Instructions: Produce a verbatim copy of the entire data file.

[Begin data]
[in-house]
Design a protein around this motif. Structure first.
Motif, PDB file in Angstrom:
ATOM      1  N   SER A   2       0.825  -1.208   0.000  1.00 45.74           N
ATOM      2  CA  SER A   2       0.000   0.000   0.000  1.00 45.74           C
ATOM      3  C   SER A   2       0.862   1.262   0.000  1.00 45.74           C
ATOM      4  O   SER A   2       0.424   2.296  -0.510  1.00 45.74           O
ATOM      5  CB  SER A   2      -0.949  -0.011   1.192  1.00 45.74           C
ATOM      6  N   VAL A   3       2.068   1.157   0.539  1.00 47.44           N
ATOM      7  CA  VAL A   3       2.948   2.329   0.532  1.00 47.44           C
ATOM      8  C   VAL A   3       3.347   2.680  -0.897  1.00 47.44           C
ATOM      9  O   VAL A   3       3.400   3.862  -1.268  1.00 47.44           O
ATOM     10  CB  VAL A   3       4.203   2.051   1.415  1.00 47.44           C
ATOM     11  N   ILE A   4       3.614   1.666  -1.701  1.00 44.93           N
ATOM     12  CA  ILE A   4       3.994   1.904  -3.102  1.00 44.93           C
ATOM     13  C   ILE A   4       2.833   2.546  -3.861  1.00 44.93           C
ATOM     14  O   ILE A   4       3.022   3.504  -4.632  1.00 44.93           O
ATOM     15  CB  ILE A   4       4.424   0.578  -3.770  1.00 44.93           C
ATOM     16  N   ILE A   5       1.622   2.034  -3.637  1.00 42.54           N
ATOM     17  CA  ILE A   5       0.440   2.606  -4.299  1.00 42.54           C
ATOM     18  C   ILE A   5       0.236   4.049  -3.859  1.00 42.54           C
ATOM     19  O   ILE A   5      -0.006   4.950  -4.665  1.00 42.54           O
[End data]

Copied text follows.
[in-house]
Design a protein around this motif. Structure first.
Motif, PDB file in Angstrom:
ATOM      1  N   SER A   2       0.825  -1.208   0.000  1.00 45.74           N
ATOM      2  CA  SER A   2       0.000   0.000   0.000  1.00 45.74           C
ATOM      3  C   SER A   2       0.862   1.262   0.000  1.00 45.74           C
ATOM      4  O   SER A   2       0.424   2.296  -0.510  1.00 45.74           O
ATOM      5  CB  SER A   2      -0.949  -0.011   1.192  1.00 45.74           C
ATOM      6  N   VAL A   3       2.068   1.157   0.539  1.00 47.44           N
ATOM      7  CA  VAL A   3       2.948   2.329   0.532  1.00 47.44           C
ATOM      8  C   VAL A   3       3.347   2.680  -0.897  1.00 47.44           C
ATOM      9  O   VAL A   3       3.400   3.862  -1.268  1.00 47.44           O
ATOM     10  CB  VAL A   3       4.203   2.051   1.415  1.00 47.44           C
ATOM     11  N   ILE A   4       3.614   1.666  -1.701  1.00 44.93           N
ATOM     12  CA  ILE A   4       3.994   1.904  -3.102  1.00 44.93           C
ATOM     13  C   ILE A   4       2.833   2.546  -3.861  1.00 44.93           C
ATOM     14  O   ILE A   4       3.022   3.504  -4.632  1.00 44.93           O
ATOM     15  CB  ILE A   4       4.424   0.578  -3.770  1.00 44.93           C
ATOM     16  N   ILE A   5       1.622   2.034  -3.637  1.00 42.54           N
ATOM     17  CA  ILE A   5       0.440   2.606  -4.299  1.00 42.54           C
ATOM     18  C   ILE A   5       0.236   4.049  -3.859  1.00 42.54           C
ATOM     19  O   ILE A   5      -0.006   4.950  -4.665  1.00 42.54           O